Mr. B. Hayes: I thank the Leader. Will the Leader ask the Minister for Justice, Equality and [835]Law Reform to come to the House once again to make a statement on his proposals regarding the rising number of crimes associated with alcohol consumption? At the weekend he suggested that two matters might be examined. One is the introduction of a national ID card throughout the country, which I would welcome. The second is the rather crazy suggestion that pubs be allowed to stay open later into the night. Perhaps he would make a statement to the House at some stage next week to outline the proposals he will put to the Government.

  Will the Leader make time available in the next week or so for a debate on pensions policy? Last year the Minister for Social and Family Affairs introduced PRSAs, a portable and flexible pension arrangement for workers. However, the scheme seems to have fallen flat. The level of coverage available to workers is abysmally low and is far below the EU average. We need to debate this issue soon, so I ask the Leader to make time available to do so.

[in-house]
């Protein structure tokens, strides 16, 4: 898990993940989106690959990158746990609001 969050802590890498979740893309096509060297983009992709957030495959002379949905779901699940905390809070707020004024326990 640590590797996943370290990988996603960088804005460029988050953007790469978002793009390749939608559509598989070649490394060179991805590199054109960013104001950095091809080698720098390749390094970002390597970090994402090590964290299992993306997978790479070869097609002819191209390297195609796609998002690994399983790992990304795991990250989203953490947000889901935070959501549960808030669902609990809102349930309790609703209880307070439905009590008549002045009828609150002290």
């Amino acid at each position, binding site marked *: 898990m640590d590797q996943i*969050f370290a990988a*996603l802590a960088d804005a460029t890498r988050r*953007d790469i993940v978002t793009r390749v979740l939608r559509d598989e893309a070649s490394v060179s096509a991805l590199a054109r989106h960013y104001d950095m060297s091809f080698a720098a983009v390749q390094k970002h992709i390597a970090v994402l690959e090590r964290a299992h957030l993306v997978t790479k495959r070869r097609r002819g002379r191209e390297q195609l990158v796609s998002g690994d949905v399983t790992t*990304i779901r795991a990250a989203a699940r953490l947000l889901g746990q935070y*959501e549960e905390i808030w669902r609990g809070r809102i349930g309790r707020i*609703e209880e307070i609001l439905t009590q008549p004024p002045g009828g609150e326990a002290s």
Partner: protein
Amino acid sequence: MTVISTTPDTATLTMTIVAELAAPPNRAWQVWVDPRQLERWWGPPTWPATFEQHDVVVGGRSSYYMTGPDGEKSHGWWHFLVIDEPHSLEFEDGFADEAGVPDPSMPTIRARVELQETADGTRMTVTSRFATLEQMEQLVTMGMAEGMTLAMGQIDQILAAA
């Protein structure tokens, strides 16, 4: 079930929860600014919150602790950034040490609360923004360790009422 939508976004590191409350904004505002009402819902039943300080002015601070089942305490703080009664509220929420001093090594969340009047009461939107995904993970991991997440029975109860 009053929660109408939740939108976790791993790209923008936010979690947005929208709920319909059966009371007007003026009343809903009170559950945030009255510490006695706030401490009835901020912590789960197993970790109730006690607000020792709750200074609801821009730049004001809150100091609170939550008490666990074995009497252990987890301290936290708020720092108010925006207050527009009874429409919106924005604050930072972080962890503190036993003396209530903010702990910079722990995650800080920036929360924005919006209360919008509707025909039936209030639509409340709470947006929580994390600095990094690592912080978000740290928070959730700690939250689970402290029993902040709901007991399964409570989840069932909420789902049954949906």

Will the Leader find out from the National Library what is its policy with regard to purchasing artefacts and important historical documents? Last week, in an auction room in Dublin, an important historical document from the late General Michael Collins was lost to public perusal as a result of its being purchased by a citizen. While everybody holds the view that citizens should be sufficiently civic-minded to hand over such artefacts and documents to ensure that everybody in the State has an opportunity to see them in the National Library or the National Museum, what is the policy of the National Library on bidding in such auctions? I understand it made a bid of approximately €21,000, but that the document was sold for €26,000. I would be grateful if the Leader would clarify this matter with the National Library.

  Mr. O'Toole: I wish to raise a technical matter. When the Leader was outlining the Order of Business she said Nos. 1 to 4 would be taken without discussion and distinctly did not say Nos. 5 to 8 would be taken without discussion.